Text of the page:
Only Peace Will Defeat ISIS

LE PETIT CAMBODGE, PARIS, ÎLE-DE-FRANCE, FRANCE - 2015/11/17: A painted peace sign with the Eiffel Tower in it has been plac
LE PETIT CAMBODGE, PARIS, ÎLE-DE-FRANCE, FRANCE - 2015/11/17: A painted peace sign with the Eiffel Tower in it has been placed at the memorial outside the restaurant Le Petit Cambodge for the people killed here during the Paris attacks. Parisians and tourists continue to visit the memorials for the people killed in the terrorists attacks in Paris, to lay down flowers and candles and to pay their respect. Over 130 people have been by terrorist from the Islamic State. (Photo by Michael Debets/Pacific Press/LightRocket via Getty Images)

Obviously ISIS needs to be countered with full military force. But if this alone is done, we condemn ourselves to a pathway of mutual brutality that will not destroy ISIS but will destroy the very freedoms that undergird western civilization. The only way to defeat ISIS is to understand that the attacks in Paris provide a new and urgent opportunity to seize the road to peace.

The fundamental point about ISIS is that until the crisis of the Middle East is resolved, at the heart of which is the Israeli-Palestinian conflict, ISIS will never be defeated. If we do not grasp this, our democratic societies are going to be fatally undermined by increasing erosions of our liberties, and xenophobia will triumph over open borders.

If this comes to pass, ISIS wins because we would end up looking much like them. Rejecting Syrian refugees is not the answer to ISIS. Increased militarism is not the answer to ISIS. Compromising civil liberties is not the answer to ISIS. ISIS will only be eliminated, and the attacks on Paris truly honored, when the West acts decisively and urgently to settle the crisis out of which ISIS emerged and continues to be empowered.

Consider the following historical context: Since the nine Crusades from 1096 - 1272, continuing with various occupations by the European powers in the Middle East during the colonial period, and deepened by the literal carve up of the region by England and France after World War I, the Middle East has been in turmoil, largely as a result of European incursions.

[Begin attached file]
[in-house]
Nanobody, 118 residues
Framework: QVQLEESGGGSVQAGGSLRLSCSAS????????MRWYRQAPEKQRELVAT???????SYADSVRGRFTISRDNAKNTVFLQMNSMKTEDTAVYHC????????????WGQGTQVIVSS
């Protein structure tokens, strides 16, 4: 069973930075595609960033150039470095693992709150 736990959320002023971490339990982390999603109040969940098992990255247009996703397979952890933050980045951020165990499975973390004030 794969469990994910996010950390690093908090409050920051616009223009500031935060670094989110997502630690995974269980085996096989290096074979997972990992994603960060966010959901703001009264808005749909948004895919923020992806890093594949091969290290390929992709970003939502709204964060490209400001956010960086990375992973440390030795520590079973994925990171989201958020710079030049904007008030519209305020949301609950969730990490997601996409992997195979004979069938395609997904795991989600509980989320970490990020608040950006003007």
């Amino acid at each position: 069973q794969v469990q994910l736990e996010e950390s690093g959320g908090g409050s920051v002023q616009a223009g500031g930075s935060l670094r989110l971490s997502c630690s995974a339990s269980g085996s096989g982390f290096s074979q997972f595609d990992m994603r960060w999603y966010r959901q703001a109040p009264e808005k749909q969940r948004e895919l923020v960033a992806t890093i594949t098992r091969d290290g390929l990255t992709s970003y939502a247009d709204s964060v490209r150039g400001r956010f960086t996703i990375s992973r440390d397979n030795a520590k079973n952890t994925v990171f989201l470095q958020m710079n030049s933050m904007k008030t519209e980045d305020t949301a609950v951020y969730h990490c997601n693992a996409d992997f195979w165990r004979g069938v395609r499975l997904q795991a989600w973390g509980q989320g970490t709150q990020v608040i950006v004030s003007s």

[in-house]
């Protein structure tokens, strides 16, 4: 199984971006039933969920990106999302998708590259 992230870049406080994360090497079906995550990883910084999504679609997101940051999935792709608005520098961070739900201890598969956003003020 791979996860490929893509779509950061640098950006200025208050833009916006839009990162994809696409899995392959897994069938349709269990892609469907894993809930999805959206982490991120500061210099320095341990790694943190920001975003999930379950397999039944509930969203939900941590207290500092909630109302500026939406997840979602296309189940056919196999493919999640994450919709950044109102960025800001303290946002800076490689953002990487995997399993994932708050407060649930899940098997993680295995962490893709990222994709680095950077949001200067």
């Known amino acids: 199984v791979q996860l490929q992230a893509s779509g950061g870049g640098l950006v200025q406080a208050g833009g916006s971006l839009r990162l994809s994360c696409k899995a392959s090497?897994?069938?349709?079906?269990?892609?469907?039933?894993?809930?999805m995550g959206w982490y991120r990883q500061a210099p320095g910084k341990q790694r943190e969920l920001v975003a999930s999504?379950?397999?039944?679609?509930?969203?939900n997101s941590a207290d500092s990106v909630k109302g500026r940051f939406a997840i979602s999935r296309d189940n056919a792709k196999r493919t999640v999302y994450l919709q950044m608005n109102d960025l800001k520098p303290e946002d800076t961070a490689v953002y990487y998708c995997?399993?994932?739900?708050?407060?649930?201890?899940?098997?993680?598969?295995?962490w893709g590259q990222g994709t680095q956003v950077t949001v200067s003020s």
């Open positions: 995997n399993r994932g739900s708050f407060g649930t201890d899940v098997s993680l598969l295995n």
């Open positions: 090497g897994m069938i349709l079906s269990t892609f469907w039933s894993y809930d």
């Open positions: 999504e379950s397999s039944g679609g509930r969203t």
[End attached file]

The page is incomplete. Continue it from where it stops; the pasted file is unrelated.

World War II disrupted the Middle East even more as European politics and aggression spilled into the region once again, although in a much more virulent form. The unconscionable violence of the Germans against the Jews, symbolized so powerfully by the Holocaust, was not solved in Europe. It was largely resolved by establishing a homeland for the Jews in Palestine. Had there been deeper justice, part of Germany should have been designated as Israel. But that was not to be. The Arab world was forced to atone for the virulence of European anti-Semitism.

Since the establishment of Israel in 1948, there have been at least 15 wars, intifadas by Palestinians, and major Israeli military incursions into Lebanon and Gaza. When the U.S. invasions of Kuwait, Afghanistan, and Iraq are added, and then the Arab Spring and its aftermath, including the civil war in Syria, the number of civilian and military casualties, displaced populations, and damage to physical infrastructure totals hundreds of thousands of deaths, mostly civilian, the displacement of millions of peoples, the Syrian refugees being only the latest example, hundreds of billions of dollars in damage to property and infrastructure, and trillions of dollars spent on military capacities.

For nearly 70 years the Middle East has been a perpetual war zone. This is the toxic mix out of which ISIS emerged and sustains itself. ISIS is driven by the very hate and wanton destructiveness that has been fomented by perpetual war by parties absolutely sure of themselves and completely unwilling to compromise.

Had President Obama been more in tune with this history and the magnitude of the Paris attacks, he would have used his press conference from the G20, not to defend policies that clearly are not working, but to convene an emergency conference of all parties to begin a serious process to solve the Middle East crisis. President Jimmy Carter did this in his time, for which Yitzhak Rabin and Yasir Arafat shared a Nobel Peace Prize in 1978. Obama can and must rise to the same occasion. The world gave him the Peace Prize as he started his presidency. Now let him, in his final year, earn it.

The situation today is of course much more complex and deadly than the 1970s, largely because conflict is now regional and the U.S. invasions of Afghanistan and Iraq have been so devastating, but something of the magnitude of Carter's achievement must be urgently enacted, backed by the full power and authority of the U.S. Government. If the Middle East crisis is solved, and the Israeli-Palestinian crisis is at least reduced if not eliminated, ISIS would disappear because its feeding ground will have been done away.

Until peace prevails in the Middle East, ISIS will be empowered. Both to defeat this vicious enemy and to protect the liberties embodied by our civilization, peace must be sought as urgently as war.